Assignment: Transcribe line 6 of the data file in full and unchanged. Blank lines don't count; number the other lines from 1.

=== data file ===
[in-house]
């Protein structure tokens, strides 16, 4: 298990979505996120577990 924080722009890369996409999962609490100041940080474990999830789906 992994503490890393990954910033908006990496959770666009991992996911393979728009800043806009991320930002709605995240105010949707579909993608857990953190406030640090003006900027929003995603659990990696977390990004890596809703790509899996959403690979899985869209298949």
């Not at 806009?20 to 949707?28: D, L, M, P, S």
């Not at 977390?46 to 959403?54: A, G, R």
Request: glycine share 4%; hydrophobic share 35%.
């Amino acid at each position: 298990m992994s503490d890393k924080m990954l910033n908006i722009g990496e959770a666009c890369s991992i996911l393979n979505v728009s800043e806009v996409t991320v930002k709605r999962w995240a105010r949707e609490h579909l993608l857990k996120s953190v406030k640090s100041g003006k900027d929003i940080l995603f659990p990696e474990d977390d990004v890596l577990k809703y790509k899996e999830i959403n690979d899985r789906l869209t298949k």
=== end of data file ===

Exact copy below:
């Amino acid at each position: 298990m992994s503490d890393k924080m990954l910033n908006i722009g990496e959770a666009c890369s991992i996911l393979n979505v728009s800043e806009v996409t991320v930002k709605r999962w995240a105010r949707e609490h579909l993608l857990k996120s953190v406030k640090s100041g003006k900027d929003i940080l995603f659990p990696e474990d977390d990004v890596l577990k809703y790509k899996e999830i959403n690979d899985r789906l869209t298949k």